Slam // Old School Jams For The New Republic [Soma]
Slam’s iconic Soma Records turned 20 last year, and the celebrations have lasted a while, these involving much of their old material being given new life by a variety of producers over the last few months – as such, this is their first new material on their own label for quite some time.
I’m starting off with System v System, the second track on this release, as it is by far the superior of the two. In the context of the second track, that is a bit of a back handed compliment – however, there is much to like here. Congas, frenzied hats, a thunderous kick drum, and an old school snare lead us through a blistering intro before a synth line arrives to provide some Tubeway Army-style atmosphere – then the snare and hats return to build real momentum, before the chainsaw buzz of the low end elevates the track further. Then the pad is stripped away and, out of nowhere, a funky bassline arrives – it blindsides you at first, but works very well, and the track grooves on nicely. The pad and bassline then take centre stage for the short break down, before everyone piles on as the track rides out of town.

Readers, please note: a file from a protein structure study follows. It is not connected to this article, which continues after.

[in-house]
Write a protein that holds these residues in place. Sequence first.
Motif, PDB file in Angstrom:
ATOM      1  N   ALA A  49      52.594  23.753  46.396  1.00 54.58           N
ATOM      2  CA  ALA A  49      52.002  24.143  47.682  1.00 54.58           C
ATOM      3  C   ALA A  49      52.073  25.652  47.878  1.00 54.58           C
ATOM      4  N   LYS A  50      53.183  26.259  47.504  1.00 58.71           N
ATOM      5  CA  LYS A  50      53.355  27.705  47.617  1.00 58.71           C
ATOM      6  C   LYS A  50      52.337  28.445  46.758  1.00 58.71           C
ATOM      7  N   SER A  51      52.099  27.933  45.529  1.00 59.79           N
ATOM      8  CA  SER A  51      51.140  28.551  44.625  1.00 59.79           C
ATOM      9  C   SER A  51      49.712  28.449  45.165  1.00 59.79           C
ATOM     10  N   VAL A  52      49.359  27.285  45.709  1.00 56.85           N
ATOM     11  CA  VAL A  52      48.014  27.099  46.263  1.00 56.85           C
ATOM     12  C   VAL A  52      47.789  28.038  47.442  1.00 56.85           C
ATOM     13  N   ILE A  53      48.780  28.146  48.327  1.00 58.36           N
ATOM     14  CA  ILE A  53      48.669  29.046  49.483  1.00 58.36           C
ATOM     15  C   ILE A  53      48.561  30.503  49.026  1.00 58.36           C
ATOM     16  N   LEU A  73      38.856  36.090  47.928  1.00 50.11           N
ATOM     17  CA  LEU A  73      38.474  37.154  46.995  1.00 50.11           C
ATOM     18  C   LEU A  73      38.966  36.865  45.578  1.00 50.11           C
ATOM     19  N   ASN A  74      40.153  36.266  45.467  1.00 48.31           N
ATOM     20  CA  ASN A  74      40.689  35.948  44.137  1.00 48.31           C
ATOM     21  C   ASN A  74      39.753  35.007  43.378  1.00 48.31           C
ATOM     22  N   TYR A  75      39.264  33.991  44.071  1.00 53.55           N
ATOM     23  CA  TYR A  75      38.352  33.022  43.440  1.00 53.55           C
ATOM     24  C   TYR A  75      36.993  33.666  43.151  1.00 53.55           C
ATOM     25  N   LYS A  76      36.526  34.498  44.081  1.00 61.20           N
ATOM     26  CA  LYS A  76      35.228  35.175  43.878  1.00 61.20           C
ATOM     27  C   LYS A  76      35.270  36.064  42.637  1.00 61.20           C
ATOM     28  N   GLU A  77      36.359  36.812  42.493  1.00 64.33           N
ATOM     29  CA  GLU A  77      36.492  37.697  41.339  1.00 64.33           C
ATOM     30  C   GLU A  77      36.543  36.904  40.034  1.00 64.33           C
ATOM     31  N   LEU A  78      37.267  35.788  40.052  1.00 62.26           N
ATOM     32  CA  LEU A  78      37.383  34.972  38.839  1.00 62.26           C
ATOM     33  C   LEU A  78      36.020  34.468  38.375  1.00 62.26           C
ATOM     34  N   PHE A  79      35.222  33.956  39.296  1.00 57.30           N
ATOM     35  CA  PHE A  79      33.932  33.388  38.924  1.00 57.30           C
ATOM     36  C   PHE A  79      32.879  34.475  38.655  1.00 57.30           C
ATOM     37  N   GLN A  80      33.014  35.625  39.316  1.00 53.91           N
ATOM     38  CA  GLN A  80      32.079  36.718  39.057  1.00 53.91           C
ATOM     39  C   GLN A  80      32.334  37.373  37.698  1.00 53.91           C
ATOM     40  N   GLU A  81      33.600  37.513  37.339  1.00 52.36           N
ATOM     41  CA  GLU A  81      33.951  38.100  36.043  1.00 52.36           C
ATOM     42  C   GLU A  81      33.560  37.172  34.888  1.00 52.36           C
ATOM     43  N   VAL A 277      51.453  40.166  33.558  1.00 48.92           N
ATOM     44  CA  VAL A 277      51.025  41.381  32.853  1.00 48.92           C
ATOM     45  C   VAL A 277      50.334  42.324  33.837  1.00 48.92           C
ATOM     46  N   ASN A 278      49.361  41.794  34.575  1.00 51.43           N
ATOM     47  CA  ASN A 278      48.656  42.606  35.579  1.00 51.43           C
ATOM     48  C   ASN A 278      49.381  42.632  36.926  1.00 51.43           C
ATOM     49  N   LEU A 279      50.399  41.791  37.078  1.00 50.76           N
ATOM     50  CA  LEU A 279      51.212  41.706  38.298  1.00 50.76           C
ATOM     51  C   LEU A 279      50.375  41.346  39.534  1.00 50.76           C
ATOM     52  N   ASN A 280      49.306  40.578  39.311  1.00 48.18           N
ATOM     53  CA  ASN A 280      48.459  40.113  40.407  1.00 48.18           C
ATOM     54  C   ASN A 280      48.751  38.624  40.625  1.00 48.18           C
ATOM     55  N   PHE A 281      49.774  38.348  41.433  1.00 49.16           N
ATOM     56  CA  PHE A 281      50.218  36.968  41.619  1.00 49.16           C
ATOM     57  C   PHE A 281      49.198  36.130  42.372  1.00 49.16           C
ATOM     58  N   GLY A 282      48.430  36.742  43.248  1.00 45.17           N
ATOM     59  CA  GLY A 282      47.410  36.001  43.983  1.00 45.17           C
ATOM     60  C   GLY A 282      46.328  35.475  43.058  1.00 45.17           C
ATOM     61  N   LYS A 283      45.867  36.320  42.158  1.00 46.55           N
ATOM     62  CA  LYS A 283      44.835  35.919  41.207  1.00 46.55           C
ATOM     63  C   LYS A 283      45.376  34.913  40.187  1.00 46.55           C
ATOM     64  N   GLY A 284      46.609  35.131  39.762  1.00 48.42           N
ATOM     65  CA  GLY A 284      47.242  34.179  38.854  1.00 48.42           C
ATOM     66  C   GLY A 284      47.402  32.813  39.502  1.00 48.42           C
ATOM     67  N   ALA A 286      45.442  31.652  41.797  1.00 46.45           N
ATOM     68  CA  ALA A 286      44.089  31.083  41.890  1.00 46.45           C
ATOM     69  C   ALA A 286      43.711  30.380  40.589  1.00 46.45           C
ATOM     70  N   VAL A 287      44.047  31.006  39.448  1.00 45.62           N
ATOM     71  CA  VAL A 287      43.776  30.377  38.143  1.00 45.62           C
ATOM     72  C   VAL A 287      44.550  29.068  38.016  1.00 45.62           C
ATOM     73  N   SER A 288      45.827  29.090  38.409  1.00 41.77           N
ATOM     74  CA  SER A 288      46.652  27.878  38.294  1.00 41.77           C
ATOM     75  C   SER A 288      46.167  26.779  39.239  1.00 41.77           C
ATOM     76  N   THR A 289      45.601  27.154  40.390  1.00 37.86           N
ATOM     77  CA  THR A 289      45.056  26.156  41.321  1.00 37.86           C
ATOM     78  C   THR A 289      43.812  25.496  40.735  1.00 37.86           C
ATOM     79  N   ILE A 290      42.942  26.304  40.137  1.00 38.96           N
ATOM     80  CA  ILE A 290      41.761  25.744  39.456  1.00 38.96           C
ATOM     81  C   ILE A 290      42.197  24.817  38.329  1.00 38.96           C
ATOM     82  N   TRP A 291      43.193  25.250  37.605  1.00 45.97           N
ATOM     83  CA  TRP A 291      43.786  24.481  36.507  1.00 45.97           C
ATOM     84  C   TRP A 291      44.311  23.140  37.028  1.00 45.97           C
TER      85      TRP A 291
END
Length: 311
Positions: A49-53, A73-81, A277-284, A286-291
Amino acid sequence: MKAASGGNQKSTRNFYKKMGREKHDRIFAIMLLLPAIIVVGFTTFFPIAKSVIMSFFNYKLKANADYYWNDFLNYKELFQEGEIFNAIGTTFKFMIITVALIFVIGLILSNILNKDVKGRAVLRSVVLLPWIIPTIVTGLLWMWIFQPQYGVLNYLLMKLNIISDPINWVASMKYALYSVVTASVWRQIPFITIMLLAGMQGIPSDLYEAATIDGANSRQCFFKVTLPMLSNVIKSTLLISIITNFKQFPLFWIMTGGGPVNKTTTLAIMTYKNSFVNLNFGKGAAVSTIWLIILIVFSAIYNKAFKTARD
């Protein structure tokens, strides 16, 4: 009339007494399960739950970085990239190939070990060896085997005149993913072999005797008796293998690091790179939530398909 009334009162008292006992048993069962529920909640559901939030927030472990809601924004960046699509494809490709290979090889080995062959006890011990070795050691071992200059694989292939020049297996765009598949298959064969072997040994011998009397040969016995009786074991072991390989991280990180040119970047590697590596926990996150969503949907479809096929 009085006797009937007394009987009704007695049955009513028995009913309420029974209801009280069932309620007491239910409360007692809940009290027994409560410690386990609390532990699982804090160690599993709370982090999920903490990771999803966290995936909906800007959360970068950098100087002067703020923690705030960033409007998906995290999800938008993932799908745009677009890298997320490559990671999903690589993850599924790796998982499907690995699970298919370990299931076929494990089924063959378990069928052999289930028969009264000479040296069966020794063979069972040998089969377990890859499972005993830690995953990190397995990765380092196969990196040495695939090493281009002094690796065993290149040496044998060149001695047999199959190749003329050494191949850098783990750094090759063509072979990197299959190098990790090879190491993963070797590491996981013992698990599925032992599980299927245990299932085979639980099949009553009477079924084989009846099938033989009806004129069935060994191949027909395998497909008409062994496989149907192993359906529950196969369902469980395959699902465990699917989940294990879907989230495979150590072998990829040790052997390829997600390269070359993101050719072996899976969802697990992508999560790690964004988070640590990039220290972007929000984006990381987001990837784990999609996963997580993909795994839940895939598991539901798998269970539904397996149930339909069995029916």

In some ways this is a meeting of four decades, with the 70s funky bassline, 80s synths, 90s drum machine, and undoubted thunderous production of the new millenium – imagine a jam session with Carl Cox laying down some beats, Gary Numan on synths and Bootsy Collins on bass guitar, and you’re some way into understanding how this track comes across. I may be at risk of making it sound more interesting than it actually is, but it certainly is interesting – and when all elements come together the track really does take flight. I doubt it will ever be anyone’s favourite Slam tune, but it’s certainly the best on offer here.
I cannot recommend Primitive Sound at all unfortunately – System v System packs more energy into its first 90 seconds than this manages to garner over the entire 8 minutes. Sometimes acts of supreme talent come out with things that you struggle to imagine even their most die hard fans liking, and this is the case here.
Release Date: Out Now
Words: Stevie Reid